OWE-002 Significance of biopsies before large colorectal endoscopic resections and histopathological features of high risk lesions

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Abstract

Introduction

Guidelines on endoscopic resection (ER) of colorectal superficial neoplastic lesions (CSNL) recommend against biopsy sampling but many are extensively sampled prior to referral, despite the deleterious effect on ER, to exclude adenocarcinoma or high grade dysplasia (HGD), reflecting a lack of understanding of the incidence and nature of adenocarcinoma or HGD within different morphological sub-types. It is therefore important to define the significance of HGD on biopsy samples and place this in the context of the histopathological characteristics of high risk lesions.

Methods

ERs of large (≥2 cm) CSNL were included. Sensitivity and specificity of HGD on biopsy and higher risk morphology (laterally spreading tumour (LST) non-granular/LST mixed nodular type/IIc component) for diagnosing covert invasive adenocarcinoma and confirmed HGD after ER were calculated and compared (Mcnemar’s test). In addition, 50 high risk lesions (containing HGD or invasive adenocarcinoma) were subjected to more detailed histopathological analysis.

Results

Results from prior biopsy sampling were available for 291 lesions (mean size 62.8 mm). Histopathology after ER revealed HGD in 85 (29%) and invasive adenocarcinoma in 26 (9%). Sensitivity and specificity of HGD on biopsy (n=60) for invasive adenocarcinoma were 50% (95% CI 32%–68%) and 82% (95%–CI 77%–86%), and for confirmed HGD after ER were 47% (95% CI 37%–57%) and 90% (95% CI 85%–94%) respectively. Sensitivity and specificity of high risk morphology (n=124) for HGD after ER were 71% (95% CI 60%–79%) and 69% (95% CI 62%­75%) respectively. The sensitivity of high risk morphology was significantly higher than HGD on biopsy sampling (p=0.002).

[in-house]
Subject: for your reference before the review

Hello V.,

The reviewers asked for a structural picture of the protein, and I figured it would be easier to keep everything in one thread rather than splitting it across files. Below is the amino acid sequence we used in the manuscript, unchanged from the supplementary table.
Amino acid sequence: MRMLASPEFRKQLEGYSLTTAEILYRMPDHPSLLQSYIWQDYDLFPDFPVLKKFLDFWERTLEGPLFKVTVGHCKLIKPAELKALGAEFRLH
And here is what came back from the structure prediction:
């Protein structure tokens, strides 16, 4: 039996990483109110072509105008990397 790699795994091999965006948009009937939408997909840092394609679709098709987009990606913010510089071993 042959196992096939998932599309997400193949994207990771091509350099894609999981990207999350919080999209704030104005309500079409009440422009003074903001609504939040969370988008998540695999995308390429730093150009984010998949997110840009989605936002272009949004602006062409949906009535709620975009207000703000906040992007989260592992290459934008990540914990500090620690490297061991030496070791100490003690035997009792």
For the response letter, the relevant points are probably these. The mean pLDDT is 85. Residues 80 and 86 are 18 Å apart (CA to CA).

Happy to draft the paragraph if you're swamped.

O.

Results

Detailed histopathological analysis of high risk lesions revealed invasive adenocarcinoma in 40% but a further 18% had non-invasive areas with cytological and architectural features indistinguishable from invasive adenocarcinoma. HGD was multifocal in 56%. The mean size of the focus of HGD was only 5.6 mm, and of adenocarcinoma was 11.0 mm. Mean lesion size was 53.6 mm.

Conclusion

Biopsy sampling of large CSNL has no value in excluding high risk lesions and morphology alone has higher sensitivity for high risk lesions. Histopathological analysis of high risk lesions reveals that areas of HGD or adenocarcinoma are very small relative to the lesion size and many contain non-invasive areas which would be cytologically indistinguishable from invasive adenocarcinoma on a biopsy. Despite this, biopsy sampling remains extremely common. Understanding of these findings and improved education regarding accurate lesion assessment may help reduce rates of inappropriate sampling.

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